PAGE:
Solar Project in Wisconsin City Helps Lower Emissions

Published on: 20 July 2022
by KnowESG
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The City of Wauwatosa first established significant emissions reduction and sustainability targets more than a decade ago, and last year it put a solar energy system on the roof of its city hall complex, which is already producing substantial results.

The solar array was completed in the spring of 2021 and has produced 458-megawatt hours of renewable energy for the city, which is greater than fifty per cent of the site's total energy use during that period. In addition, 358 tonnes of carbon emissions have been reduced.

The renewable energy project encompasses the one-acre city hall complex in Wauwatosa, including the civic centre and public library. Arch Solar C&I of Wisconsin installed the 1,036-panel solar array with a 389-kilowatt SolarEdge platform.

A $40,000 subsidy from the Wisconsin Focus on Energy programme helped the city remain within budget for the solar installation. Arch says the system will save the city $40,000 annually in energy costs.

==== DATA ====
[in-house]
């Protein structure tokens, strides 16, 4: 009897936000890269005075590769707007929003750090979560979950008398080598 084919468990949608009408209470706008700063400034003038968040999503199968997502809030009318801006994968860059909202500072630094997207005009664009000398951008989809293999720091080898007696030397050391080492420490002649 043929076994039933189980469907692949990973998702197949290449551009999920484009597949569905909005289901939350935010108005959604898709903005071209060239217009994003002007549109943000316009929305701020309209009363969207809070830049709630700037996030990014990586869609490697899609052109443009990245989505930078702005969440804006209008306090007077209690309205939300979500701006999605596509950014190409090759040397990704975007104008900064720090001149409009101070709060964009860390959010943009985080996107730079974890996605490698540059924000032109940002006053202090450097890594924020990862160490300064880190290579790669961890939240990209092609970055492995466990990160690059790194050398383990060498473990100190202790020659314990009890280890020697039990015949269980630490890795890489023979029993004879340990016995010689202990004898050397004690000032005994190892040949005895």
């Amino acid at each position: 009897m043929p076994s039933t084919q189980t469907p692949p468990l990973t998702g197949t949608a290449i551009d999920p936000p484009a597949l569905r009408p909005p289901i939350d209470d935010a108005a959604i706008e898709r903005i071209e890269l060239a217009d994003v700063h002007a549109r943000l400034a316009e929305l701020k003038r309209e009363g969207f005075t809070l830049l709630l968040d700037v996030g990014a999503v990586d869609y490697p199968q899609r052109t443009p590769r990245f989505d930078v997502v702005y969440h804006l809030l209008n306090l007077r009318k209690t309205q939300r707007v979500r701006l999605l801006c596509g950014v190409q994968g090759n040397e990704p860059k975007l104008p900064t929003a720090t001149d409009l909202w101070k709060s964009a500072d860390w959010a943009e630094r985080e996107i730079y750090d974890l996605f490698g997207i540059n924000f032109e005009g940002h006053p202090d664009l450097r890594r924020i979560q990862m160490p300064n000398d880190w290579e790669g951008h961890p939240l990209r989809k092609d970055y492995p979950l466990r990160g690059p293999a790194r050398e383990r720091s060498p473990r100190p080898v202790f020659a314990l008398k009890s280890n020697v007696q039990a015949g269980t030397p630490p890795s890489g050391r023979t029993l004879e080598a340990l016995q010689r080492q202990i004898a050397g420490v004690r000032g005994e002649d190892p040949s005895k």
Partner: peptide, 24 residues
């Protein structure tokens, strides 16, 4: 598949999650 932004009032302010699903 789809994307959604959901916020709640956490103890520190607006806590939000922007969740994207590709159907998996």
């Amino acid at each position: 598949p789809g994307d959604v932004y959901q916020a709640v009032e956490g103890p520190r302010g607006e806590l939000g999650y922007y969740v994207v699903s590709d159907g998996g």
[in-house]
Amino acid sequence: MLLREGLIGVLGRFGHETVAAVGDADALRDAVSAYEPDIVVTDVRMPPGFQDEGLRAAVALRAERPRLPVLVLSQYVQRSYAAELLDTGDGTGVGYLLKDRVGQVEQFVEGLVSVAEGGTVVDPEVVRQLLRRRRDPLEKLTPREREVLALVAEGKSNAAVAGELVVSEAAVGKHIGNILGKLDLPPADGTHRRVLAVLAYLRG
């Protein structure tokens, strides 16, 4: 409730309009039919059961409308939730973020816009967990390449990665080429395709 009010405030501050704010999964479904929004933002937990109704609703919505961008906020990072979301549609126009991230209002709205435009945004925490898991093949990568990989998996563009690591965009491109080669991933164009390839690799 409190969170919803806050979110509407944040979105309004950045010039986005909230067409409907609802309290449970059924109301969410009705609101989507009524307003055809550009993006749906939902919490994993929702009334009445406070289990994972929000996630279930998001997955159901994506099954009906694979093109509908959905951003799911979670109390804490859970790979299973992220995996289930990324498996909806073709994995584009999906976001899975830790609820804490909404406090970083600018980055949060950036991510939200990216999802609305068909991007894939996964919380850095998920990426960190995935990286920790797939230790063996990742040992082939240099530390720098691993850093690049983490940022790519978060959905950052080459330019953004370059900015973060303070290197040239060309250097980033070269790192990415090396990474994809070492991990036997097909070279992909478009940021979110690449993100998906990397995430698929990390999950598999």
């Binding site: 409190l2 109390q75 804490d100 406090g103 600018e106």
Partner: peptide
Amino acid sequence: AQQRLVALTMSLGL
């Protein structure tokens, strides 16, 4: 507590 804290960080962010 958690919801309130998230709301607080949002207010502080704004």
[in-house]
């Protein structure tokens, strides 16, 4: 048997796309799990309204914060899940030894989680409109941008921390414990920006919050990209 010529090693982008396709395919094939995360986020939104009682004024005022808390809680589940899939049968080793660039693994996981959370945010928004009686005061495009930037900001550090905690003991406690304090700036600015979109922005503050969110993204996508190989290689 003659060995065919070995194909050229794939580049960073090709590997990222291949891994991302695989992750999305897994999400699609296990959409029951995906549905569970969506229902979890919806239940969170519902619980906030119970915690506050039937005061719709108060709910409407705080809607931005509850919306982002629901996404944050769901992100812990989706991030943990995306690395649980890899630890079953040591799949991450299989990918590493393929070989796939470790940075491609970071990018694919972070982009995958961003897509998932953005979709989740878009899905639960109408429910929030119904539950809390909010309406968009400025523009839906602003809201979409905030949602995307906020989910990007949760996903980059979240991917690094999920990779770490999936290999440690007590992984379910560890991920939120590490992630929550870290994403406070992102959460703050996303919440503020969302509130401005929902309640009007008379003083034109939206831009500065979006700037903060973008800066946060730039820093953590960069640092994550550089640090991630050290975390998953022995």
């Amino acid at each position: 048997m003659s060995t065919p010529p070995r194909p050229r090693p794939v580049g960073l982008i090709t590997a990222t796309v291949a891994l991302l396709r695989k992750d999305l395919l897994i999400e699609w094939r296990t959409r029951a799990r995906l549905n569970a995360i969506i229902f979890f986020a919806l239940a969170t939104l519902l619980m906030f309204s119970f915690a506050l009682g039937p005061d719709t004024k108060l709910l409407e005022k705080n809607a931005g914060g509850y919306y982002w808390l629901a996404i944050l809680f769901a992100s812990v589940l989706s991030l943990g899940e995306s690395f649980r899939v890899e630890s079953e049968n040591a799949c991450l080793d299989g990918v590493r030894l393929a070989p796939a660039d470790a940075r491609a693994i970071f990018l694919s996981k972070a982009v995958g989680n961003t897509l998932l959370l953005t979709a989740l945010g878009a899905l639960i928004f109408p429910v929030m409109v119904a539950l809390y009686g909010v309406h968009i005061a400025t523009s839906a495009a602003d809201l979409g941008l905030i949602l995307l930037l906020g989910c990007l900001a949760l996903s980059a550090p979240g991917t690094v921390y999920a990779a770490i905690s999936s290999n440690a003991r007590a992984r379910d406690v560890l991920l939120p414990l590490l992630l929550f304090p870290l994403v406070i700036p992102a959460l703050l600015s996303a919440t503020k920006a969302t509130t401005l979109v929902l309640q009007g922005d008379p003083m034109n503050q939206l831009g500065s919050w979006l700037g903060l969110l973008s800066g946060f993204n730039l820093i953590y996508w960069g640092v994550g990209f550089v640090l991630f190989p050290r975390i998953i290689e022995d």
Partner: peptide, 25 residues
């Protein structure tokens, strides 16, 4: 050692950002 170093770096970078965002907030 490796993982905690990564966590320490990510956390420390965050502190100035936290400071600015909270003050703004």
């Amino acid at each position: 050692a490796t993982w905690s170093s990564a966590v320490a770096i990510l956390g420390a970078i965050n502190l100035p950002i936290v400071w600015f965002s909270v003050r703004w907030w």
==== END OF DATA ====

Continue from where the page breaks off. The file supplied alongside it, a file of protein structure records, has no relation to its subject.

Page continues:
Local governments are quickly expanding their renewable energy schemes. Regina, Canada, intends to employ renewable energy to attain net zero by 2050, the San Pasqual Band of Mission Indians will establish a microgrid, and Fort Brag, North Carolina, will receive a floating solar power plant.

Wauwatosa first set a goal to reduce emissions in 2010 to halve them by 2030, and by 2025, the city wants at least a quarter of its electricity to come from renewable sources. In addition, the city intends to attain carbon neutrality by 2050.

Wauwatosa selected the city hall solar project as a key step toward achieving its sustainability goals following the completion of smaller initiatives, including solar panel installation on a public garage in 2019. The site was chosen in part because of its size, but also because a flat rooftop was ideal for solar panels.

SolarEdge further claims that its technology offers architectural flexibility to accommodate the building's architecture and may be modified for enhanced environmental optimisation. For instance, according to SolarEdge, solar panels in Wisconsin should be installed at a steeper angle than the industry standard of 10 degrees, and the Wauwatosa system was installed at 20 degrees.

This helps maximise the amount of space utilised by the solar installation. The city has also developed a live dashboard so the public may monitor the amount of electricity generated.

Source: Environmental Leader

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